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OC PLANNING & ZONING BRIEFS 11/30

ZACK HOOPES ¦ Staff Writer

(Nov. 30, 2012) The Ocean City Planning and Zoning Commission discussed the following items at its Nov. 20 session:

Redevelopment approved at downtown Fat Daddy’s

The commission approved — on the condition that fully revised drawings are submitted at a later date — a revised building proposal for the redevelopment of the northwest corner of Dorchester Street and Baltimore Avenue. The location houses, in part, Fat Daddy’s restaurant and is owned by Fat Daddy’s owners Ed and Lisa Braude.

The commission had previously objected to the flat-sided, flat-roofed design that “had somewhat of a Western theme to it,” Zoning Administrator R. Blaine Smith recalled. “The problem was that it was all flush going down the street.”

The revised design feature pilasters to separate the two middle sections of the building, as well as a recessed entrance for the retail store in the northern section, giving the appearance of more traditional streetscape. The southern, corner section of the building will house Fat Daddy’s eating space, and will have a peaked roof that extends above the flat top of the rest of the building, breaking up the roofline.

The Braudes are working with the Ocean City Development Corporation to secure state funding for the demolition of the current building, whose upper floors have been condemned. Approval of the plans for the new structure will allow them to secure more funding for construction.

OCDC Executive Director Glenn Irwin said the project is ideal from an urban redevelopment standpoint.

“They’re talking about affordable employee housing on the upper floors, which the state loves,” Irwin said. “And the restaurant is on the corner, which is where you want restaurants.”

Mini golf considered at downtown property

The commission considered adding miniature golf as a conditional use for the downtown zoning overlay district, after Old Pro Golf has expressed an interest in redeveloping the former Trimper’s Tank Battle amusement site into a course.

The currently vacant site is located on the west side of Baltimore Avenue, between South Division and South First Streets, but “Old Pro Golf has an interest in building a mini golf course with a nautical theme [on the lot]” said Zoning Administrator R. Blaine Smith.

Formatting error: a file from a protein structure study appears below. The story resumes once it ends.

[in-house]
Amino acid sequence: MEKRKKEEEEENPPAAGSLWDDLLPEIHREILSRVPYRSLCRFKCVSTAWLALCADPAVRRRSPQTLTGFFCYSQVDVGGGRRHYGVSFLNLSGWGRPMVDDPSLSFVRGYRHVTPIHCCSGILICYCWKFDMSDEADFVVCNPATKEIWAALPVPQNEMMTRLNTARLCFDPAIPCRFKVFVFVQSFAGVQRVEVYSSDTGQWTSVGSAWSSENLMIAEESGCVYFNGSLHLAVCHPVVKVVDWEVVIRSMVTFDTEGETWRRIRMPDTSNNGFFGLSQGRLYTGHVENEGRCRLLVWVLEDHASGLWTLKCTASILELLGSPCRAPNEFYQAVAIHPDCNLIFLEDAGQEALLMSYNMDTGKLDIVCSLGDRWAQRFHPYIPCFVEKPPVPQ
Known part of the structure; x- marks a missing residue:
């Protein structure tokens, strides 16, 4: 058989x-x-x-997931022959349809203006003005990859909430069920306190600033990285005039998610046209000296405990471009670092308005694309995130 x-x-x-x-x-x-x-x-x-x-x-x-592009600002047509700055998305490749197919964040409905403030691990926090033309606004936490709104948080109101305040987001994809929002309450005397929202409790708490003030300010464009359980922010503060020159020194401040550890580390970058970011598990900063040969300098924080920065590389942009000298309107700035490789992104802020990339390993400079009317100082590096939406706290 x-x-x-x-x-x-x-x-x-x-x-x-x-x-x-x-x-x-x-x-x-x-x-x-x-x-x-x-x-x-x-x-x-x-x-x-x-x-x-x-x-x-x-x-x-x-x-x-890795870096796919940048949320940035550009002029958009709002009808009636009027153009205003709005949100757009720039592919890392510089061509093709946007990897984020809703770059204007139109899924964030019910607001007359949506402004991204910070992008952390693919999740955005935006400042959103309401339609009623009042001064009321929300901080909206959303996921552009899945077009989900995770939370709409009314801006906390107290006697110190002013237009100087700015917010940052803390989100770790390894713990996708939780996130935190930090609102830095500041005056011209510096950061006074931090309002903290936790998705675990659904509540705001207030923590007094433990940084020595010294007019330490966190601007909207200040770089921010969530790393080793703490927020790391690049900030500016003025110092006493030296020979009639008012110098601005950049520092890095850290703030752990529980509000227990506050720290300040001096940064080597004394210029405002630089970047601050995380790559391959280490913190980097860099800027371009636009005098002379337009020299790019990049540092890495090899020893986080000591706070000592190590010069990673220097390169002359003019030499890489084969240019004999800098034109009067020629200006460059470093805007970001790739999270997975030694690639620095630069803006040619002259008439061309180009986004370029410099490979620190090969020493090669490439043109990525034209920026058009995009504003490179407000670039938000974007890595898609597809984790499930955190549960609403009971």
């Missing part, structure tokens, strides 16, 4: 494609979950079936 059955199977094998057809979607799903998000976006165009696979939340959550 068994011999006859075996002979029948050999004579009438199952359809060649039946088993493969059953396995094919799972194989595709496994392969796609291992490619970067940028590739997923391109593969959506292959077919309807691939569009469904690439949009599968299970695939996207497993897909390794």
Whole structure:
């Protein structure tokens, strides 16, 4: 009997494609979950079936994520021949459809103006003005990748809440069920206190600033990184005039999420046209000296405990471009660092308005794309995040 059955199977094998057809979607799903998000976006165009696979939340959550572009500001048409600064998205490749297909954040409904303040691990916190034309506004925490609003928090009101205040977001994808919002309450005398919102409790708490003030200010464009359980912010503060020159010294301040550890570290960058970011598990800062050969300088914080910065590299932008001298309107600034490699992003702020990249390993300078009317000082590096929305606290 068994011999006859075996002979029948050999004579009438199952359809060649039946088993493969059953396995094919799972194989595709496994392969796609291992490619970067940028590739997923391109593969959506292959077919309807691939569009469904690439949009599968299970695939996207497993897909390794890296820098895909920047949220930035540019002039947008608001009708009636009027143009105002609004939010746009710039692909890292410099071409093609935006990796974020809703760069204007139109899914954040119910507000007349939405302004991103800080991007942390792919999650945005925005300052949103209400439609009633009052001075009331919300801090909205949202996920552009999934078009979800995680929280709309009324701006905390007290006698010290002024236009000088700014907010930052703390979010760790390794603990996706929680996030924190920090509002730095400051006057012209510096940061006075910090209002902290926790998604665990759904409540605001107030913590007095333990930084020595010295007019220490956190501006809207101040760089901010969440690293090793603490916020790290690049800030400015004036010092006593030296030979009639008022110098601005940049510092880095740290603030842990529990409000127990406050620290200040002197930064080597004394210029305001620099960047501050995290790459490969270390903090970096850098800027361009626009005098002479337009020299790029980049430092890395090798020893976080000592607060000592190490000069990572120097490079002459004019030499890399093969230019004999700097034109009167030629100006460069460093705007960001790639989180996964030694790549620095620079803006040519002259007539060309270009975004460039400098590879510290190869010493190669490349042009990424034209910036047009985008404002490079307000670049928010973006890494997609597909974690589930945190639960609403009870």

However, Smith said, the additional downtown district zoning requirements, introduced in 2002, eliminated the possibility of conditional uses. Conditional uses are those uses which, while permitted in a given district, may produce adverse affects for the neighborhood and thus must be cleared by the Planning and Zoning Commission and City Council before going into operation.

Adding the option back in would require a public hearing and review of the whole district, Smith said.

“Even though we know the Tank Battle project is the goal, once you put it in the DMX [zoning code for the downtown district], we have to evaluate the whole district,” Smith said.

Of potential concern to the commission was the fact that the proposed course would be ad- jacent to the historic Henry Hotel.

“It is somewhat buffered from the residential zone … they will have a substantial buffer where the mini golf course won’t come up against that property,” Smith said.

The commission moved to hold a public hearing on the issue.

Parking clarified for mixed-use projects

Although no concerned citizens appeared, the commission held the requisite public hearing for an ordinance that will clarify how parking requirements are calculated for mixed-use projects.

“The purpose of putting the new language in the code is to clarify,” Zoning Administrator R. Blaine Smith said. “Under the current code, and for the past 27 years, I have interpreted the code in this way.”

However, codifying the procedure has become necessary since the city was recently challenged on its approval of a recent site plan on the grounds that it’s parking requirements were underestimated, Smith said.

The city’s code requires different amounts of parking for different size locations, based on those locations’ uses. A minimum of five spaces also exists for most small retail and eating establishments. In the case of mixed uses, where a small store will be in the same building as, and sharing parking with, a larger establishment, Smith said it has always been his interpretation that the minimum does not apply to each use when adding the total number of parking spaces that the site needs for all of its uses.

Smith also said that it has been his practice to round up fractional space calculations to the next highest whole number only after all uses have been added.

“We have been challenged by somebody that you round up every time [for every use], or that you apply the minimum to each use,” Smith said. “He’s trying to tell me I have to inflict five spaces on a small area, when the project [as a total] has enough.”

“So this is really just for mixed use, and you’re redefining it the way we’ve already been doing it,” Commissioner Peck Miller said.

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